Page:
Edward II at the National Theatre is a commendable piece of modern theatre making. Multi-dimensional, slick, and eschewing ‘suggestivity’ in favour of full-scale erotica, it is a delight to watch.
A fantastic portrayal of lust, greed and good old-fashion betrayal, what really sets this production of Christopher Marlowe’s play apart is the way in which you view it. Two giant screens flank the enormous stage and the play’s most intense moments, as well as being acted out on stage, are captured close-up by hand held cameras and projected onto them. It sounds as if it could be distracting, but it just isn’t. Credit to director Joe Hill-Gibbins for that.
As an audience member you view any performance from the confines of your seat, wherever in the theatre that may be. But Edward II gives every single member of the audience a close-up view of the action. It is slightly Blair Witch Project, but it works. It also gives us an insight into some pretty spectacular acting.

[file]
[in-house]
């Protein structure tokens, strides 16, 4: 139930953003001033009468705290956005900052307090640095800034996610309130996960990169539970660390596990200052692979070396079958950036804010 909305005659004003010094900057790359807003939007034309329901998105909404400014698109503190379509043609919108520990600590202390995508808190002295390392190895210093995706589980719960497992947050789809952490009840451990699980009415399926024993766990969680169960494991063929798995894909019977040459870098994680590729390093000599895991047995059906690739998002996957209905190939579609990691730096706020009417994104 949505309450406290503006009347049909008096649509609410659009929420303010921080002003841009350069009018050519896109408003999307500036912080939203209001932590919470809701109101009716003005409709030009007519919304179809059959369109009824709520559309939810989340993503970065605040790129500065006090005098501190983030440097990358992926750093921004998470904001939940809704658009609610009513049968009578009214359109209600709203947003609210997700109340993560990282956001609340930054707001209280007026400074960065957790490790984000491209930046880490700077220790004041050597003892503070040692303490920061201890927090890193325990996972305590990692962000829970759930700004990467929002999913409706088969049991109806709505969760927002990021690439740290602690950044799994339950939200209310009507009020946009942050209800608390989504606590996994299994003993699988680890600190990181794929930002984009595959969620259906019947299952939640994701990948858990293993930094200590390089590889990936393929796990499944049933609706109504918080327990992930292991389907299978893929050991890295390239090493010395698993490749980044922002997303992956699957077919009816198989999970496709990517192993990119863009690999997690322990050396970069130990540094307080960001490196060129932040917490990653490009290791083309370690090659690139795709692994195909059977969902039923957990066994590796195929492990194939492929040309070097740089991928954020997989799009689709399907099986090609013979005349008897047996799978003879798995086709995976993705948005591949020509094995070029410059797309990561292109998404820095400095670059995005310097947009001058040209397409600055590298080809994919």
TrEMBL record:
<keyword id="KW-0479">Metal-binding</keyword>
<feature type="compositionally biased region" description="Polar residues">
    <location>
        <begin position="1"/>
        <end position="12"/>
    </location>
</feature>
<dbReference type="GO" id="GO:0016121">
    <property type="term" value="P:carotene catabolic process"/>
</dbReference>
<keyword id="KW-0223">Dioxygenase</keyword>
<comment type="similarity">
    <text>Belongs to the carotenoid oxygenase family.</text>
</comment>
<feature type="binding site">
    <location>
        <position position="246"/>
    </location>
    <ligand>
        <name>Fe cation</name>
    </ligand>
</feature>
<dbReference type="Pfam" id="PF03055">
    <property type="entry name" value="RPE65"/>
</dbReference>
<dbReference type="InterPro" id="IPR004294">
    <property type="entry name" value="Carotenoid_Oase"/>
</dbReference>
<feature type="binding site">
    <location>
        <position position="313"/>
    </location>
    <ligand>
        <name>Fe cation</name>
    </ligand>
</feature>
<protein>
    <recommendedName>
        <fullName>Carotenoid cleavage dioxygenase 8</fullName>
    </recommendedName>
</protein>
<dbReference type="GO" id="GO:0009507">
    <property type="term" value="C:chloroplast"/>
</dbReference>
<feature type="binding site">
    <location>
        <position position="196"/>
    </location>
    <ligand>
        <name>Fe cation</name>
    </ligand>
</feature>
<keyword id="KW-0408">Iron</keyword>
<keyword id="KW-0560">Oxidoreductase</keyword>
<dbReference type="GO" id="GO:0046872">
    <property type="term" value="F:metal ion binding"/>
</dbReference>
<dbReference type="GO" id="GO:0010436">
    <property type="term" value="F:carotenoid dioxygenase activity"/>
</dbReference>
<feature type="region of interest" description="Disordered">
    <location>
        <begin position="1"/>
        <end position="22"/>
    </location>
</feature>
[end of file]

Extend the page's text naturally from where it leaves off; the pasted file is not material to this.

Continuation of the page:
John Heffernan as King Edward II is undoubtedly the star. His transformation from frustratingly manipulatable King to a wholeheartedly broken man is so believable, and his pain-stricken face in close-up as he walks across the stage to his impending doom is a truly emotive moment. Kyle Soller is also excellent as the antagonistic yet charismatic Gaveston, and Vanessa Kirby cuts a successfully shallow figure as the duplicitous Queen Isabella.
Why exactly Prince Edward, played by Bettrys Jones, is dressed as a cross of Just William and Pippi Longstocking is never made clear. Yet this character, who only seemed to incite smirks throughout the play due to his ridiculous attire, comes out of nowhere to finish on a stonkingly brilliant soliloquy.
Theatre purists may find Edward II too ambitious, but for anyone who is open to a refreshing, daring and unique take on a classic, definitely give it a go. Long live the King! Or not.
Edward II is at the National Theatre, South Bank, London, SE1 9PX until 26 October. Tickets are £12, £24, £34. Book online or call the box office on 020 7452 3000. Londonist saw this play on a complimentary review ticket.